Working in Japan

I’m heading into my third month working in a Japanese corporation. Adjusting has been a fun ride — to say the least.

My org’s CEO is someone I admire. He respects Japanese traditions while incorporating non-traditional ways into the company’s DNA. He has five fundamental principles of success we follow. *you can read further here if interested

I love how he says there are only two kinds of people in the world. Best Effort people, who are satisfied with the status quo; Get Things Done people who are committed to reaching their goals. With enough determination and effort, we can achieve anything.

I believe these principles are necessary in a traditional Japanese corporation, where historically, the Japanese are trained to do one thing really well. It’s about thinking outside of the box. Becoming a self-starter but he expects our hypothesis to be executable and not just ideas.

Mikitani-san (our CEO), is a very important person in moving Japan forward, and I am honored to be a part of his company.

That said, Rakuten Inc. (Japan’s Amazon equivalent) still very much has traditional Japanese corporate traits. Most leave me astounded — like the attention to details, precision, level of discipline, and the effort people put in to constantly and consistently output. I’ve never been in an environment like this and frankly, it’s pretty refreshing.

My one gripe, though, is because we have such high expectations from management, the Japanese are constantly ON IT. People don’t talk to each other. People rarely leave their seats and there are even people who feel uneasy getting up to use the restroom. I mean, what kind of  work environment is that?

I’ve also asked and listened to feedback from my Japanese colleagues and non-Japanese colleagues alike. It’s a bit…peculiar how everyone knows the same sneaky tricks to always look ‘busy’.


1. people type on their keyboards really loudly — almost pounding — to make it look like they are doing very important work. When I peek on their monitors, these ‘busy’ people are chatting on Messenger (we’re on a Windows environment yuck) on Facebook or Yammer LOL

2. people are rarely on their phones during worktime. At least in the open. People take their phones with them into the restrooms, and hide in the stalls to chat or text. It’s a huge problem when people like me, need to really use the restroom but people don’t come out for 10+ minutes. I mean. Come ON. Hide in the hallway or staircase or something, anything, just quit using phones in the stalls!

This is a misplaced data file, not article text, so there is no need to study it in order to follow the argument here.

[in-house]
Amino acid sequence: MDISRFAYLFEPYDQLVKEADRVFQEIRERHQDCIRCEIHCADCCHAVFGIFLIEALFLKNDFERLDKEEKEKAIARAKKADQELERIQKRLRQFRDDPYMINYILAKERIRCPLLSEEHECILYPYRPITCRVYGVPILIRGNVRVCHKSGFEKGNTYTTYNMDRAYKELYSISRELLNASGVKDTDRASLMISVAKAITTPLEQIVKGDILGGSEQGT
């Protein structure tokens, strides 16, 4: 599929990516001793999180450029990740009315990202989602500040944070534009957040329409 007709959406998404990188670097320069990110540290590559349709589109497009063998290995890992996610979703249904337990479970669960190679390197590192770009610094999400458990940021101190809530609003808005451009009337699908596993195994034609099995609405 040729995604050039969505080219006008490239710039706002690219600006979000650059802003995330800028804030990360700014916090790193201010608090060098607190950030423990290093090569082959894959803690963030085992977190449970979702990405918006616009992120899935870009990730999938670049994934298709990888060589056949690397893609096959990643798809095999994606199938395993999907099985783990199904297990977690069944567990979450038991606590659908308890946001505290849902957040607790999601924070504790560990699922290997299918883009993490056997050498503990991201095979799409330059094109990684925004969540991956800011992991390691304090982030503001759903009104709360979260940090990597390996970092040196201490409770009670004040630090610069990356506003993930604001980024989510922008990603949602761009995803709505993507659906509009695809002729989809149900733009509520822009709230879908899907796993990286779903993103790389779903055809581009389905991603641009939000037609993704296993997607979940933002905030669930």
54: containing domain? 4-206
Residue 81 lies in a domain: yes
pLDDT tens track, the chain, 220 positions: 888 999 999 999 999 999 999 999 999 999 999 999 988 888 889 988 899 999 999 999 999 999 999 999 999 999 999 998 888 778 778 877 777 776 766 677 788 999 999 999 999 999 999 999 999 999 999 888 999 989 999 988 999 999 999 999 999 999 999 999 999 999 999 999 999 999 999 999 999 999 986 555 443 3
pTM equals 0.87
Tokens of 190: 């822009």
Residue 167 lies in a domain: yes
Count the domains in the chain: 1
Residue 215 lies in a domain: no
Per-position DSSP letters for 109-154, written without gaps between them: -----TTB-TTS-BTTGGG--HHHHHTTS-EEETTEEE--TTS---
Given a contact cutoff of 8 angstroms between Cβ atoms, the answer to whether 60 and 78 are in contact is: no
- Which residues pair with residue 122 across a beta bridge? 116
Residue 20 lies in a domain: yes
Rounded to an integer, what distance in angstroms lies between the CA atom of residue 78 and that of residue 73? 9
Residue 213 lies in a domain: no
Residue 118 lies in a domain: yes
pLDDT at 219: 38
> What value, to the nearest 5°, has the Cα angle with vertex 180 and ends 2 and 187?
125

3. napping — this is really strange to me, but people actually nap in bathroom stalls. I’ve heard snoring, as have a lot of other people (I’ve asked around). I mean. Seriously?

4. work hours. It’s no secret people work around 12+ hours a day. Overtime is expected, conversely, normal. People who go home early are judged and talked about behind their backs as a person “who isn’t working hard”. What kind of twisted logic is that? I’m sorry — well not really — but I’m not one to sit in front of my computer for hours on end just to ‘look like I care’, while I use sneaky tricks to get through a 14 hour day. A huge part of working ‘smart’ is prioritizing task lists, effective time management and work life balance.

…and on and on. There is a huge list of survival tips for Japanese work environments people always talk about behind closed doors, but never say out loud. But I have to wonder: if we are outputting the same results in 8 hours or 14 hours — why even bother staying so late?

I guess regardless of where you are around the globe, there are and will always be things that seem peculiar. I just hope for sanity sake, people start thinking about changing their ways because more often times than not, people are so stressed they get trashed after work, drunk bashing colleagues and management. Not cool.



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